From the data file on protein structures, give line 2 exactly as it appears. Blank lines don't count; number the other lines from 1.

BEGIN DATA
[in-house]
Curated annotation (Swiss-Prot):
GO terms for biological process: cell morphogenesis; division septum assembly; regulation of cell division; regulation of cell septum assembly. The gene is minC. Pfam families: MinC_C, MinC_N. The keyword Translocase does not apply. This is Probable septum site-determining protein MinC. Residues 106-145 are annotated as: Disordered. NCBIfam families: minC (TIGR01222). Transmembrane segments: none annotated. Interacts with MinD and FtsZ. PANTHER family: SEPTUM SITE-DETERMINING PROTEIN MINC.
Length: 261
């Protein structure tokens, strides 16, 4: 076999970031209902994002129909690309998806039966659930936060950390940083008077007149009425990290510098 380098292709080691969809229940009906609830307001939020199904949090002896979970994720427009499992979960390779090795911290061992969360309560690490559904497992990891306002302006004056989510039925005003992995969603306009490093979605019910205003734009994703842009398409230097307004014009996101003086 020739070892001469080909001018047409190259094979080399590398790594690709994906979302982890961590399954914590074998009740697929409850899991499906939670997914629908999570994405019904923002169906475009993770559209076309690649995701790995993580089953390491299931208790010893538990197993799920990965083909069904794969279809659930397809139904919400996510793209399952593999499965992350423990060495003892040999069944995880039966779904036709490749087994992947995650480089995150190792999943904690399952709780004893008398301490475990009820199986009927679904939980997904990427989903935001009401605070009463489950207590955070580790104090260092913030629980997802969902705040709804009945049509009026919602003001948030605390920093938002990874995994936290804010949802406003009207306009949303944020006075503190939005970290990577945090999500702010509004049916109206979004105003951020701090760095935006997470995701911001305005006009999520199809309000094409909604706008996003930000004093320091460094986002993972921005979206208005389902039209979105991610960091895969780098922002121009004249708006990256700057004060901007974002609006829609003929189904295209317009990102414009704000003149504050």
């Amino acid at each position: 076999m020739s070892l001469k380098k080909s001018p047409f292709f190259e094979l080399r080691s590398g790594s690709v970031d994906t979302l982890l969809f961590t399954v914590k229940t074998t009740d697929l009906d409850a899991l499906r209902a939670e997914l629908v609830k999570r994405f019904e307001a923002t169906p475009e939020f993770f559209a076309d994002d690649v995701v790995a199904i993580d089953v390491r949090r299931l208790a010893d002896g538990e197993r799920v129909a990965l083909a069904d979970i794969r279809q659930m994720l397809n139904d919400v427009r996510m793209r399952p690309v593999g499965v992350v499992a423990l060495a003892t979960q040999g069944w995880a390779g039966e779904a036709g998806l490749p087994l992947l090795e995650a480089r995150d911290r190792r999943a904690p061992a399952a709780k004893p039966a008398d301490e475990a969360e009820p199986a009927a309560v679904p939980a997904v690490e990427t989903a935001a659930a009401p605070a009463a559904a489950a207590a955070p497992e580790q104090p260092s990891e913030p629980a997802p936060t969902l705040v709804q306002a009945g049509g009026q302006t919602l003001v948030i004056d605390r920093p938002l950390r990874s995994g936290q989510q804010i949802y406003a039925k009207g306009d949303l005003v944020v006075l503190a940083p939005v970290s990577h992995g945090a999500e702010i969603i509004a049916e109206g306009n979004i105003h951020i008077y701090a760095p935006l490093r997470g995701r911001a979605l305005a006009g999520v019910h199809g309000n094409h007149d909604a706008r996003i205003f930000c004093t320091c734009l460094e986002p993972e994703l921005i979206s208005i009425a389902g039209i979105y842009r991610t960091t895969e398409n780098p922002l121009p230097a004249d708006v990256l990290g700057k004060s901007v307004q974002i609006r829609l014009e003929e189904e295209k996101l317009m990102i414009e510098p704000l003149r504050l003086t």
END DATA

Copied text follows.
Curated annotation (Swiss-Prot):